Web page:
The murky blue and turquoise print jars at first sight. It's included because the flip side of one of the scrap book papers is a deep forest green. Concluded that to make that work I'd have to start pulling papers that would help me introduce that color throughout the individual collages. So I'm committing to using all of that paper and however much of the yellow and brown print makes sense. I'll use all of the bee-oriented collage sheet, at least two/three of the four transparencies and at least two of the gold foil starbursts. Am open to using them all in both cases. The last three items represent a group of ephemera I tenaciously hang on to rather than 'risk' using any of it frivolously. Ditto the early aughts artist paper featuring a chair made from branches that continue to grow. Have sat on that one - being determined not to 'waste' it - for so long I stopped questioning the squirrel cage aspects of my thought process until earlier today.
Ask questions and share your own sharpening focus-of-commitment in comments or email.
Yesterday's snowy second act was the perfect backdrop for a cozily productive morning in the studio. Above are thirteen little glue-books-to-be.* The largest is 5.5 inches square. Most are considerably smaller. The picture also features a long-arm stapler which you in no way need to get yourself going. It's there, honestly, to corral the most unruly of the books prior to flattening.
I've built this post in hopes of encouraging you to commit to creating some kind of booklet over the next few weeks. Just one. Just for you. The fact that many more are pictured above (and they're not for me) relates to my realization in the middle of making them that I could concurrently shoot the same space and supplies with this post in mind:
a guide for gathering lo-fi very basic book making supplies as well as a level-up supplementary guide for those who have time, money and/or supplies on hand that can be re-purposed in intuitive and unconventional ways.
[the booklets above and down yonder are made from light greige office supply store cardstock. It's perfectly smooth and that's ideal for paper-on-paper collage. My next post in this series will talk more about choosing paper substrates for your booklet.]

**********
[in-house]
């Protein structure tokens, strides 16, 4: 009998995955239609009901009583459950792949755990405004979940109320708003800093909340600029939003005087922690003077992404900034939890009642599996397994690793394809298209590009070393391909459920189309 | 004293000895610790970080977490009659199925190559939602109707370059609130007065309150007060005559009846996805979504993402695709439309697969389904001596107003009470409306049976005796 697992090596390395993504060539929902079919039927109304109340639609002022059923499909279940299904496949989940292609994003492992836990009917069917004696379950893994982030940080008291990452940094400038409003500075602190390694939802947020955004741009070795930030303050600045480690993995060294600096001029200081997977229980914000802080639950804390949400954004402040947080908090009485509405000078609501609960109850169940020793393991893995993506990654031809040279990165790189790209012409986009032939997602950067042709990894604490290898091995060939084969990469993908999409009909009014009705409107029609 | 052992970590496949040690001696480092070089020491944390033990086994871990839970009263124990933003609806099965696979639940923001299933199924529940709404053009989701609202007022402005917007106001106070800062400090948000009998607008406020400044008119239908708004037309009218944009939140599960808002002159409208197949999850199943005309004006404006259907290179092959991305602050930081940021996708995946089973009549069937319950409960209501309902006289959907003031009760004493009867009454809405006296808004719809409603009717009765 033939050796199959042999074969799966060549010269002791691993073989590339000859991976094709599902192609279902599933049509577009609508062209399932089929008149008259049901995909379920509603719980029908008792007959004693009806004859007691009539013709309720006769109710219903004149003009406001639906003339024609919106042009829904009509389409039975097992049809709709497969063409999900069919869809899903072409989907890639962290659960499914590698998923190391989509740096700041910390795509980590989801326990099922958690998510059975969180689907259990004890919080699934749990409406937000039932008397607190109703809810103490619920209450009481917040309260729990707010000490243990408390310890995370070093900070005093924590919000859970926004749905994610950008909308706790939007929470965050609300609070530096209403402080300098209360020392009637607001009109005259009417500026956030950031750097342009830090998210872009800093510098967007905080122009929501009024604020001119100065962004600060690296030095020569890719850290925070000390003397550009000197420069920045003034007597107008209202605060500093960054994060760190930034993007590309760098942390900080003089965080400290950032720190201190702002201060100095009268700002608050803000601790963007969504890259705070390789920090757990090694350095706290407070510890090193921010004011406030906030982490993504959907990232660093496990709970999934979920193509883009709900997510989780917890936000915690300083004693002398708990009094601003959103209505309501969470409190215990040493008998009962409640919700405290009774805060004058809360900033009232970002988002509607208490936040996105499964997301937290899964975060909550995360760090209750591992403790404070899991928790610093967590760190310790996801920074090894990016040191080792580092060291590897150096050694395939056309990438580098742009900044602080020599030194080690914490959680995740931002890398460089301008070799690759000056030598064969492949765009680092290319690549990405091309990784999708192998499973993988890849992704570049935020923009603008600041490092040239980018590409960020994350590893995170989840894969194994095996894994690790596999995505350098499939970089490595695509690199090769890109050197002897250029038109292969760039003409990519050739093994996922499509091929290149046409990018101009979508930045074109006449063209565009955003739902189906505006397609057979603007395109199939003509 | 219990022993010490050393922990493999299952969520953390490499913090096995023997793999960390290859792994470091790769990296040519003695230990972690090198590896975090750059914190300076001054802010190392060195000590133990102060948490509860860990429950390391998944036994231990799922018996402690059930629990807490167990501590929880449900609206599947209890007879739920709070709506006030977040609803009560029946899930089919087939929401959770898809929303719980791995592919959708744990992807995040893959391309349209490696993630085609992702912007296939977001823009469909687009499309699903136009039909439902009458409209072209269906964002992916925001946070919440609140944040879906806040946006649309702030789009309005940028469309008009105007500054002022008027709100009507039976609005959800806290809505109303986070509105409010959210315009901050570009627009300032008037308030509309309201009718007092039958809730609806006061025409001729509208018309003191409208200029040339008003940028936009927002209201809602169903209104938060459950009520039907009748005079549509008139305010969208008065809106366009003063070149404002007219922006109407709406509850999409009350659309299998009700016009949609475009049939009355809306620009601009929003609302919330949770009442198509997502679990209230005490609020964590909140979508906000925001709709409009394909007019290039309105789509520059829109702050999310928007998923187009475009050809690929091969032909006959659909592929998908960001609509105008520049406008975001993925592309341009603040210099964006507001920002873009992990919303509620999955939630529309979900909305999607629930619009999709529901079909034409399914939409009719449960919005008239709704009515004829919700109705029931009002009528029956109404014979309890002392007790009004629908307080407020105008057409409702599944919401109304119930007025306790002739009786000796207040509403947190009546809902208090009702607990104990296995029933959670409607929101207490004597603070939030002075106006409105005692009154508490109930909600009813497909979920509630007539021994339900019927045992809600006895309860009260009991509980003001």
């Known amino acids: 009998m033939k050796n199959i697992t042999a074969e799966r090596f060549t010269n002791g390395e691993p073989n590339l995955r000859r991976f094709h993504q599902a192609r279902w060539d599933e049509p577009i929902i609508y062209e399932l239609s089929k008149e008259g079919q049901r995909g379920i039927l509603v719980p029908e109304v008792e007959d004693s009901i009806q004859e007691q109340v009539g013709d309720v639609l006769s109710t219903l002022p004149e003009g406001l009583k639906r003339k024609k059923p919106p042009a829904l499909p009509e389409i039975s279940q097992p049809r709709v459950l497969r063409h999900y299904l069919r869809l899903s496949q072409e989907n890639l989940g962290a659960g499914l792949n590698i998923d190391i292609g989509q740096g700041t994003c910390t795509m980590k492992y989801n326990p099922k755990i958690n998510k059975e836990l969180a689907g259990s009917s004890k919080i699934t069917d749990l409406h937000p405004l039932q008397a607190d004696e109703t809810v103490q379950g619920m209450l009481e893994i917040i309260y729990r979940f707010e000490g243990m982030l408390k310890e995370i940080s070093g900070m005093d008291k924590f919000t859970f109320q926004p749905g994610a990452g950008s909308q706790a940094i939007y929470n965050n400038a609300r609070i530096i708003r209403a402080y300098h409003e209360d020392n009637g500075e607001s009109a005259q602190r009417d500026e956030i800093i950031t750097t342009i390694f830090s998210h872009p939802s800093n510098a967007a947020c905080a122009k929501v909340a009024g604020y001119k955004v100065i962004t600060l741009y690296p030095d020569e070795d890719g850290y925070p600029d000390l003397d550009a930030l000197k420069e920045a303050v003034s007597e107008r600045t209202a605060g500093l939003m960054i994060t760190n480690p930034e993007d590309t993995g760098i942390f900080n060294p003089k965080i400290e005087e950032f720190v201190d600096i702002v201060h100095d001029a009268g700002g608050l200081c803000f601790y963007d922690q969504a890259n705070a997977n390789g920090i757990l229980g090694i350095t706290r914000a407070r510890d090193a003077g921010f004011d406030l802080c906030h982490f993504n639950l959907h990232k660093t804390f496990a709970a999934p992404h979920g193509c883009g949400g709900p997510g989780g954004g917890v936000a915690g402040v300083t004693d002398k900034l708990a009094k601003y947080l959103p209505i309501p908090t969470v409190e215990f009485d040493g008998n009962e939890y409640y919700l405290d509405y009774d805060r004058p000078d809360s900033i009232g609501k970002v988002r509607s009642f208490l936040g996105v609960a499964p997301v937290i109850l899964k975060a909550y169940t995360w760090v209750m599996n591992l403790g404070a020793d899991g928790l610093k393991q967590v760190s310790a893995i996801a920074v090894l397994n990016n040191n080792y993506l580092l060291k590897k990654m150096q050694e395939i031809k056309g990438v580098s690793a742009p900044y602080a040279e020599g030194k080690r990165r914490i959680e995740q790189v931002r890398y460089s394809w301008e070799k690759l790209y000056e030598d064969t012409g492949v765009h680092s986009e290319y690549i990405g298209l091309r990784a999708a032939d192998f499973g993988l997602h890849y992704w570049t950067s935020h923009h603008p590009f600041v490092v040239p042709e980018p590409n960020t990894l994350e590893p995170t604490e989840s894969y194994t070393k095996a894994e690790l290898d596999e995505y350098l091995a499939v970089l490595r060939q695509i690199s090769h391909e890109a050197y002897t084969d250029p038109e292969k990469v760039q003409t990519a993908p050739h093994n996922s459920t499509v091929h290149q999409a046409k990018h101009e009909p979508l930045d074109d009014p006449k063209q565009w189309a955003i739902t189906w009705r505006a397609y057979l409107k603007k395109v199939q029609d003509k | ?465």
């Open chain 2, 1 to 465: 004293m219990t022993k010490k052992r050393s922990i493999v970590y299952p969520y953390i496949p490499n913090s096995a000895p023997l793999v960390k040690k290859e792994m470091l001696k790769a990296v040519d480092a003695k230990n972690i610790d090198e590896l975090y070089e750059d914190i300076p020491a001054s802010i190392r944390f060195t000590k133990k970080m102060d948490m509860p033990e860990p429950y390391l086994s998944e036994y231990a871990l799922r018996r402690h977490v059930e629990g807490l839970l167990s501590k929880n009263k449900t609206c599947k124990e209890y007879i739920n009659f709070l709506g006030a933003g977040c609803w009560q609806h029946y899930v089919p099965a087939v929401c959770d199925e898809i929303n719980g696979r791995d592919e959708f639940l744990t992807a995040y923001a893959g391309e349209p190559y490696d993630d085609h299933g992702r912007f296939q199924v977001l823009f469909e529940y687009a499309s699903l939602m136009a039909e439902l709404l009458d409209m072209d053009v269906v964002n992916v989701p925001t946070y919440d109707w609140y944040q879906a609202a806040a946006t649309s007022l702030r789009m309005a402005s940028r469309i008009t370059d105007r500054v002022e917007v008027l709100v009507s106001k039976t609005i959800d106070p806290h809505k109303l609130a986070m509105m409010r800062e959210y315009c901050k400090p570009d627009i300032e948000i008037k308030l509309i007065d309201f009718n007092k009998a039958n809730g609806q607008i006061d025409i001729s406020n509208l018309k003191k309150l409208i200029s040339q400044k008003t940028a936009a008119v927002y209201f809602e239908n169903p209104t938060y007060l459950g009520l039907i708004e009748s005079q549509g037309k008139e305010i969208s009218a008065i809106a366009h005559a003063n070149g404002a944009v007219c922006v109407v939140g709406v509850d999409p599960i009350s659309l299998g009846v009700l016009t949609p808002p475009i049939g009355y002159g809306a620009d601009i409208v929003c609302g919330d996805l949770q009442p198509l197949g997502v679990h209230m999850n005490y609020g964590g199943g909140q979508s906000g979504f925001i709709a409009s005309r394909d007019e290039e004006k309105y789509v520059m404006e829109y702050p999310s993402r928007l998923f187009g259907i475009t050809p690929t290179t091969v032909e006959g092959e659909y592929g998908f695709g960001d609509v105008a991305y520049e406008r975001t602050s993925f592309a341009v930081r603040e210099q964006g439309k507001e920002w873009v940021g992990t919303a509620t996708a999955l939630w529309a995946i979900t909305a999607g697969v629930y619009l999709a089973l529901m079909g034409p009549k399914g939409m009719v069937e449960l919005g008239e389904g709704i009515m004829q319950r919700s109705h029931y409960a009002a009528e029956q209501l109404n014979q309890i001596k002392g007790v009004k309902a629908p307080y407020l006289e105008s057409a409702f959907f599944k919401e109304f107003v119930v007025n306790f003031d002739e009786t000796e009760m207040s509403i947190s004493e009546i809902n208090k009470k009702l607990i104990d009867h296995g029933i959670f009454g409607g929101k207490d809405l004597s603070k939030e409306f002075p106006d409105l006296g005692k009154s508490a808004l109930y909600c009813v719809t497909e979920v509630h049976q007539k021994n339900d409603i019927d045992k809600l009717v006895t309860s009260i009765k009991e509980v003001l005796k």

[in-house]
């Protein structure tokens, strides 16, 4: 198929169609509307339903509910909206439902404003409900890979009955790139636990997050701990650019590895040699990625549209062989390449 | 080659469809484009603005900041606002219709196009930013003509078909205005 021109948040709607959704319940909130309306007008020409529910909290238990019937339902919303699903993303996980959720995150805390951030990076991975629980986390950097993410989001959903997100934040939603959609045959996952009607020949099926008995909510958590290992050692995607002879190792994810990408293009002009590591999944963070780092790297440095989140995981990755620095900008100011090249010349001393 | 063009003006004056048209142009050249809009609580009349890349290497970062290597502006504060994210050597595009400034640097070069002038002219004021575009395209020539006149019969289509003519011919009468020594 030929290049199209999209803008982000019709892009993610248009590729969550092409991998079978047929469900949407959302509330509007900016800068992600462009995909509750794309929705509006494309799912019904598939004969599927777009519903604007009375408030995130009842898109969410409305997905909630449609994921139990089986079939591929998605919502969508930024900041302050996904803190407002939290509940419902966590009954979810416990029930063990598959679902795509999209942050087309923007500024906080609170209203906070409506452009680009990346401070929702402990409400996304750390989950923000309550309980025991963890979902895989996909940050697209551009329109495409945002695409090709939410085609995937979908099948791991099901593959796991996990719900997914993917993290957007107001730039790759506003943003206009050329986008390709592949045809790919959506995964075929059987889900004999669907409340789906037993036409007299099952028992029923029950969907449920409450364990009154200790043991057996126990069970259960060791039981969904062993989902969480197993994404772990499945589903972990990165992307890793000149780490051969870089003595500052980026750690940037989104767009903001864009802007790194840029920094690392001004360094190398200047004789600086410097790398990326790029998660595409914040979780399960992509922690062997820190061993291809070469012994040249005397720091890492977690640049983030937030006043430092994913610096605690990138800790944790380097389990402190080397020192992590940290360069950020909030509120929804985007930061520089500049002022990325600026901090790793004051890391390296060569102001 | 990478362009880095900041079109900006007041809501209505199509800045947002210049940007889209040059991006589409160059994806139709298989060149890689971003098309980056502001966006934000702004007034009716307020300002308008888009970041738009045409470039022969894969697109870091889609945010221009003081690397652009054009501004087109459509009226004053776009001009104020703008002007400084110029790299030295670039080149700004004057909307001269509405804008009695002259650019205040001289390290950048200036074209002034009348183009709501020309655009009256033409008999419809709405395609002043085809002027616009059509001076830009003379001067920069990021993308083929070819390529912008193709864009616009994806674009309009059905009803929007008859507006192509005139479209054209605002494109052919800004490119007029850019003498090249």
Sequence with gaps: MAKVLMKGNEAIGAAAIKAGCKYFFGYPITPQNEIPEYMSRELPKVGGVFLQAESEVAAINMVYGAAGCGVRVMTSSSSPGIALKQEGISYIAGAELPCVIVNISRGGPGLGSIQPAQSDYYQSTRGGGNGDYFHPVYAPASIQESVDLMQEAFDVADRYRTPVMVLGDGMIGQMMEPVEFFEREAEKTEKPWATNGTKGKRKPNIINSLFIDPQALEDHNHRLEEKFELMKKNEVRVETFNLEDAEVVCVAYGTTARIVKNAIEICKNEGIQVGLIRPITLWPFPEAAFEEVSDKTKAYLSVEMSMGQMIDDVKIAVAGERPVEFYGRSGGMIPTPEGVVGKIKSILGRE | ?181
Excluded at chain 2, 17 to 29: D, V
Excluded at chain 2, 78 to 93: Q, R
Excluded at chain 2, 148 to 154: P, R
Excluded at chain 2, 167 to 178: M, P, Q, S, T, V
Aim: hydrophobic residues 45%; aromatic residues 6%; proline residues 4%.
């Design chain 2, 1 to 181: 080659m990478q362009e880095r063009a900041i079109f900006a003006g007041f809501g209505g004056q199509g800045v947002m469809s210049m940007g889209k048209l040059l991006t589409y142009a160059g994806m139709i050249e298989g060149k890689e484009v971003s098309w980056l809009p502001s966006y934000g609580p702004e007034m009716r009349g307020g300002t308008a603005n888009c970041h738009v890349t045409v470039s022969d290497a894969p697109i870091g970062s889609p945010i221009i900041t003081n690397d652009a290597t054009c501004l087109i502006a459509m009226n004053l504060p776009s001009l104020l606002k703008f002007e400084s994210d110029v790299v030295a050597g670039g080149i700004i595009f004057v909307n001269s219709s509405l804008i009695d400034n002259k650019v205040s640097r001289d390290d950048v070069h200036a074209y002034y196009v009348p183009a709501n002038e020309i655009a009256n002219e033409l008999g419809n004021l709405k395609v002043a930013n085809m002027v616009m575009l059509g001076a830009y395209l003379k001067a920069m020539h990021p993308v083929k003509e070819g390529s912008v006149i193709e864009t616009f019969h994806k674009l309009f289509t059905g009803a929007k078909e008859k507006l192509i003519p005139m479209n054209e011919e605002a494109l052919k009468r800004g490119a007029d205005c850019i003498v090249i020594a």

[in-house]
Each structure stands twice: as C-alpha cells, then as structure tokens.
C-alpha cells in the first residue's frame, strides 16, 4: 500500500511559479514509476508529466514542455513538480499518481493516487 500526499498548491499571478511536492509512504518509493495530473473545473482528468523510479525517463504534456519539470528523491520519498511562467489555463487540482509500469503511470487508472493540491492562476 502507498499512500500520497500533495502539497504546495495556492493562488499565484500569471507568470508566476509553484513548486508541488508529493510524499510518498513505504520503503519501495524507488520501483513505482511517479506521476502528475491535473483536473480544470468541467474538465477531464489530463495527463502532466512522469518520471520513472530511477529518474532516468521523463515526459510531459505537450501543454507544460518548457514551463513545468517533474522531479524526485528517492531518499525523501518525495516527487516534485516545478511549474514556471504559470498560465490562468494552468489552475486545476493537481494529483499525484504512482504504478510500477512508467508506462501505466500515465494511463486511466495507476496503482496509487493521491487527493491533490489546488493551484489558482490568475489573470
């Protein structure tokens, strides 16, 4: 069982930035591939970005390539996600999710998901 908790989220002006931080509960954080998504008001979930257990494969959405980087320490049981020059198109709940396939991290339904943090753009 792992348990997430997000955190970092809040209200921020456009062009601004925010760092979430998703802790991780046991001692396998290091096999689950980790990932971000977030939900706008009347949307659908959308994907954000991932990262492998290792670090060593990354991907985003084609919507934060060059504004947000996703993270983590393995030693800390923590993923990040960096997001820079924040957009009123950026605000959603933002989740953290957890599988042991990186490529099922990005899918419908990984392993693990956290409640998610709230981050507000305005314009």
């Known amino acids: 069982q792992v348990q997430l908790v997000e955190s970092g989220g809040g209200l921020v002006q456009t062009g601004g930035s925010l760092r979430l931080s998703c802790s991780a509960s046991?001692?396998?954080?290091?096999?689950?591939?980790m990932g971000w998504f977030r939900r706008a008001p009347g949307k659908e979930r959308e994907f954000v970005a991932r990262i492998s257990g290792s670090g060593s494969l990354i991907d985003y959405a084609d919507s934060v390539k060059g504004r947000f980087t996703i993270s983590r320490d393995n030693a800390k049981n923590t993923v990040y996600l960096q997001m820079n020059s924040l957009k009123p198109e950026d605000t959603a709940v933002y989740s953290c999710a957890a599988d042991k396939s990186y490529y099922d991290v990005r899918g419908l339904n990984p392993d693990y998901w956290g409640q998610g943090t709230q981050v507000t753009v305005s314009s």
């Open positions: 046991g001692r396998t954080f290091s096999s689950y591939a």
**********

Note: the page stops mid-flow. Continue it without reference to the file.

super low-fi bookmaking supplies:
This grouping presumes your interest in making a small simple book by hand is new and you'll be starting from the ground in terms of supplies. To get started You really only NEED a pencil, a straight-edge (preferably 12") ruler and a small 'craft grade' stiletto. To collage as well as make booklets you also need a pair of sharp dedicated for-paper-only scissors. But to create a basic and suitably sturdy gluebook all you need is a straight edge and the nerve to tear your paper flat and smoothly against it. Please note my scissors aren't included in this image because their price-point puts them in the level-up group.
also not pictured: binding thread. If you sew and have twisted cord/embroidery floss/buttonhole weight thread use that. If you've got beading supplies use a mid-weight filament. DON'T use fishing line unless it's very thin or you have the ability/tools to crimp it in place with a metal clamp.
note: in a pinch you can use a double-strand of dental floss. Especially if you aren't sure you'll want to make this type of book more than once.
say you're reading along feeling like you could really do this project even though you'll have to to purchase binding thread first. Go with buttonhole weight sewing thread or a mid-weight beading filament rather than trying to select from items you'll find by searching on 'bookbinding supplies'. The threads on offer in that category will be much too thick for our needs. You'll want to use something thin yet strong that's also resilient enough to pass repeatedly through any paper you've selected for inclusion in your booklet. The thread must also be sufficiently durable to withstand multiple collage sessions without abrading.
As a general rule I like to use an HB pencil for marking the folio cutting lines. It can get smudgy but sometimes I like that as part of the booklet's vibe (also see the dustless eraser in the level-up section) Choose your favorite sort of pencil to fill this crucial role.